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Crossword clues for predatory

Longman Dictionary of Contemporary English
▪ Please try to avoid feeding aggressive, predatory fish such as Piranha or Lionfish with other live fish.
▪ It is well that large, predatory fish fast and the Red Tailed catfish is no exception.
▪ One example of this concerns the deadly sea snake and a variety of predatory fish.
▪ The parallel is with the treatment of predatory pricing in competition policy.
▪ The welfare analysis of predatory pricing is also generally ambiguous.
▪ The Court upheld the Commission's decision, setting criteria to identify predatory pricing.
▪ That paper found no hard evidence linking predatory pricing and negligent auditing.
predatory sales practices
▪ But however the goals of their lowland neighbours have shifted over time, they have remained essentially predatory.
▪ Forest boy, like Forest girl, had found out too soon about the predatory appetites of the fully grown.
▪ His smooth face was slashed open by his predatory mouth, as if an invisible hatchet were biting into fruit.
▪ The predatory gleam in his eyes told her in no uncertain manner that he wanted her too.
▪ This area of Falkirk has always had a resident population of these handsome but predatory birds.
▪ This behaviour is typical of many predatory mammals - and indeed birds.
▪ While Hyacinth awarded marks, others, just as predatory, were giving her the eye.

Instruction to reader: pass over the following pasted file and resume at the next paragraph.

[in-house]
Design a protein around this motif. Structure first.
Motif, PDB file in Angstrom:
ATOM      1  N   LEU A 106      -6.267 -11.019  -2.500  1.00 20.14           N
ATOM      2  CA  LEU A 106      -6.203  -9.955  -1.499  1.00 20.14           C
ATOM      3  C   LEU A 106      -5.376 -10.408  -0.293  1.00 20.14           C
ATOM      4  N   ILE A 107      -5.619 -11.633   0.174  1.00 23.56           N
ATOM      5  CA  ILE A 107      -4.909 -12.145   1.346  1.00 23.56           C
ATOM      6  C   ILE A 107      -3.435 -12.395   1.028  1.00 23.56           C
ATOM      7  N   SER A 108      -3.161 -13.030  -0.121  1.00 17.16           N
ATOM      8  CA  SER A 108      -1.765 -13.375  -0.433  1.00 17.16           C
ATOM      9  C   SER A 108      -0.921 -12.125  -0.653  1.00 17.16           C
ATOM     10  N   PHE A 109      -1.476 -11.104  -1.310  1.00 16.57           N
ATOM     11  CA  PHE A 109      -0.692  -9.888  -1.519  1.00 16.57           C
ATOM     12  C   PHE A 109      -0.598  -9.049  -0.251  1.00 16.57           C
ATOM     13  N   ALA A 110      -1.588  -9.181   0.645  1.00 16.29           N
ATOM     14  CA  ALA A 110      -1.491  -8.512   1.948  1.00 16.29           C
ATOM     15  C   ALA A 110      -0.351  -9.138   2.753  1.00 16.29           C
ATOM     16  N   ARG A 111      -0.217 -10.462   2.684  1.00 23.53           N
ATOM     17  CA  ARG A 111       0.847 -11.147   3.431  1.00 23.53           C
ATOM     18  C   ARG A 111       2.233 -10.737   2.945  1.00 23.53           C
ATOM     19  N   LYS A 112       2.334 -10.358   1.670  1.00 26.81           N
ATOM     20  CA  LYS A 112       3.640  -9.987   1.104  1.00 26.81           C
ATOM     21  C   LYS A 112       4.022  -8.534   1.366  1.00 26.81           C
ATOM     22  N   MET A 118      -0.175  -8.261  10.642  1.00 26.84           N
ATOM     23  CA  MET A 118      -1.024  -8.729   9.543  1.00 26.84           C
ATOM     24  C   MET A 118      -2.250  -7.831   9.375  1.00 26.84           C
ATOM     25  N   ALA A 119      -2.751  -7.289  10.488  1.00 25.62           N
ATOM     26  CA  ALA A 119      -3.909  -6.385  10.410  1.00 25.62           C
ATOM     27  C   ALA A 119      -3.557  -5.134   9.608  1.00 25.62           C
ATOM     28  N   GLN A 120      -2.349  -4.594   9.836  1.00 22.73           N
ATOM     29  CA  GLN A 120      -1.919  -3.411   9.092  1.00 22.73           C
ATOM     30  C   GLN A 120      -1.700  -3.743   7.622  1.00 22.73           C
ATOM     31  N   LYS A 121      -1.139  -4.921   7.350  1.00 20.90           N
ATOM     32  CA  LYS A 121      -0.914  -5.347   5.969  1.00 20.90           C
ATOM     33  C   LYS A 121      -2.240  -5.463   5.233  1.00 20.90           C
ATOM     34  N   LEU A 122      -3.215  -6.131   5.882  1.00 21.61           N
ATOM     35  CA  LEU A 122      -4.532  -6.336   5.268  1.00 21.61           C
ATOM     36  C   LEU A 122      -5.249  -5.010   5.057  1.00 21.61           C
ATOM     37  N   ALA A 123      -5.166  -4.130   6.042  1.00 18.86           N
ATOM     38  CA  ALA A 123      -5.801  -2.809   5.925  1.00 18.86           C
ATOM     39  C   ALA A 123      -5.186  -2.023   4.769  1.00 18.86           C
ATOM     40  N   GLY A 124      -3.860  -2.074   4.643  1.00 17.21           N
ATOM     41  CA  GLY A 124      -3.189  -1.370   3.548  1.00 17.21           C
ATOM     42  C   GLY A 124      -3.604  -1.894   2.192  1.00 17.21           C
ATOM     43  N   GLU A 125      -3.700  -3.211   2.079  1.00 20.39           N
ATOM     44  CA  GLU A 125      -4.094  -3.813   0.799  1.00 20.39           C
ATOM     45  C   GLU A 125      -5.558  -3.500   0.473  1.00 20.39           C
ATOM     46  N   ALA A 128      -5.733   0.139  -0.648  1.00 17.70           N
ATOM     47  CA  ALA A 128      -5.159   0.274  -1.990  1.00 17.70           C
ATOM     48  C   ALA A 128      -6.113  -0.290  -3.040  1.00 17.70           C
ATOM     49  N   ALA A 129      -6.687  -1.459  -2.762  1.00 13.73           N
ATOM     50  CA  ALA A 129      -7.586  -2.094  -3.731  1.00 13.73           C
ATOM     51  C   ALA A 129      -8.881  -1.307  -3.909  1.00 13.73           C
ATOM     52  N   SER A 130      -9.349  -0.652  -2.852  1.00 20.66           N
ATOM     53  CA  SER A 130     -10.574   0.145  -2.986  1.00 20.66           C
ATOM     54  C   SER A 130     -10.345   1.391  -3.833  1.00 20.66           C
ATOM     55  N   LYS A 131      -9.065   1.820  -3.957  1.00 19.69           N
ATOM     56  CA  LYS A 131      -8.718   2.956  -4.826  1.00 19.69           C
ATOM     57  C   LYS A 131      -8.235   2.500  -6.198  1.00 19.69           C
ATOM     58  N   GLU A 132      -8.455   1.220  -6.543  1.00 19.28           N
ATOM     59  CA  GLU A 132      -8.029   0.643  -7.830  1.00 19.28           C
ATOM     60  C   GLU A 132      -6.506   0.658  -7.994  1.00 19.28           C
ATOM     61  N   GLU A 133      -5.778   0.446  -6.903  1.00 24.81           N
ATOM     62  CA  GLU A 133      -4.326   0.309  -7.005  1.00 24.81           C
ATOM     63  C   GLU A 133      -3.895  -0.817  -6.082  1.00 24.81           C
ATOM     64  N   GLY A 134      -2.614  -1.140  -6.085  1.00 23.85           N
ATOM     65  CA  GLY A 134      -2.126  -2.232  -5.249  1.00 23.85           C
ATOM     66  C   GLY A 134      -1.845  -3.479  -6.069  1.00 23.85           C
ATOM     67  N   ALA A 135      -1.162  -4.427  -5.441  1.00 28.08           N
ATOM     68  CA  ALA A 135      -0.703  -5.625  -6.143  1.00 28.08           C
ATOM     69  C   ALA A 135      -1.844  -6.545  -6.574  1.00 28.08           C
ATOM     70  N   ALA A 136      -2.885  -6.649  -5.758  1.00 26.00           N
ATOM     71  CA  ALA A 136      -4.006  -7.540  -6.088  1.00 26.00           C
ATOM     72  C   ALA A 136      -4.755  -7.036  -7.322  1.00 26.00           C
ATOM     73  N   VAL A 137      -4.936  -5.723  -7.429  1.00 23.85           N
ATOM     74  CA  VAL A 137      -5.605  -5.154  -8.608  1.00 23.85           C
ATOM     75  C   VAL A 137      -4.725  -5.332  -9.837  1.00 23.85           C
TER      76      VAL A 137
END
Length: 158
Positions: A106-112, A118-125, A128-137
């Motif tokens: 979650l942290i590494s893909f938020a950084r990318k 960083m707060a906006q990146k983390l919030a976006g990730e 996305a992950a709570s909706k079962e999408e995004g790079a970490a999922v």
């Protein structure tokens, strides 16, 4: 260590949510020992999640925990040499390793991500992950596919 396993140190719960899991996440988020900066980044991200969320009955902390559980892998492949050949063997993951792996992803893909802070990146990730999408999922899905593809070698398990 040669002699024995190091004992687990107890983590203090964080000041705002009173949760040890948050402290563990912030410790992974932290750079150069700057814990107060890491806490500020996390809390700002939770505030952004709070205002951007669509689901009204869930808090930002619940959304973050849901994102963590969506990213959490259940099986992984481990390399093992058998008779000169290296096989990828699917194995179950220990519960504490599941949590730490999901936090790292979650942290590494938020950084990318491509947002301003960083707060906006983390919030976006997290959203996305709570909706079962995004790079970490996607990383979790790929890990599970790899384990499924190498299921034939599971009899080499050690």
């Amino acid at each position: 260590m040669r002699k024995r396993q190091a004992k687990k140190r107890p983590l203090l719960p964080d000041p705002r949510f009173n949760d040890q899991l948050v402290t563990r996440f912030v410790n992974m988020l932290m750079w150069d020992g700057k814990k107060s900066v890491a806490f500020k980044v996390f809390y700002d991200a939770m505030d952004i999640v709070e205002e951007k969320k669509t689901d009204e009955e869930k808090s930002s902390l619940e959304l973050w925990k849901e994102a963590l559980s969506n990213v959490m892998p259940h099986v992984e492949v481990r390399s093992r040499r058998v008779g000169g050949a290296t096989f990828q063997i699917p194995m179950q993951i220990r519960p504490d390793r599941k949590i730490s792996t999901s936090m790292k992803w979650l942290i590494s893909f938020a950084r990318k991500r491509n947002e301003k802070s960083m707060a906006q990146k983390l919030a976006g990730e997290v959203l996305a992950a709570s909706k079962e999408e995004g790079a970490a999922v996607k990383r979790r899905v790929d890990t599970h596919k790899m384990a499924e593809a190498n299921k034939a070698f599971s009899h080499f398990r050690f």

The Collaborative International Dictionary

Predatory \Pred"a*to*ry\, a. [L. praedatorius, fr. praedari to plunder, fr. praeda prey. See Prey.]

  1. Characterized by plundering; practicing rapine; plundering; pillaging; as, a predatory excursion; a predatory party. ``A predatory war.''

  2. Hungry; ravenous; as, predatory spirits. [Obs.]

    Exercise . . . maketh the spirits more hot and predatory.

  3. (Zo["o]l.) Living by preying upon other animals; carnivorous.

Douglas Harper's Etymology Dictionary

1580s, "involving plundering," from Latin praedatorius "pertaining to plunder," from praedator "plunderer," from praedor "to plunder," from praeda "prey" (see prey (n.)). Of animals, from 1660s.


a. 1 Of, or relating to a predator. 2 Living by preying on other living animals. 3 (context figuratively English) exploiting or victimizing others for personal gain.

  1. adj. characterized by plundering or pillaging or marauding; "bands of marauding Indians"; "predatory warfare"; "a raiding party" [syn: marauding, raiding]

  2. living by preying on other animals especially by catching living prey; "a predatory bird"; "the rapacious wolf"; "raptorial birds"; "ravening wolves"; "a vulturine taste for offal" [syn: rapacious, raptorial, ravening, vulturine, vulturous]

  3. living by or given to victimizing others for personal gain; "predatory capitalists"; "a predatory, insensate society in which innocence and decency can prove fatal"- Peter S. Prescott; "a predacious kind of animal--the early geological gangster"- W.E.Swinton [syn: predaceous, predacious]


Usage examples of "predatory".

Closer, however, to our purpose is the leadership taken by the new federal judiciary in asserting the availability against predatory state legislation of extra-constitutional principles sounding in Natural Law.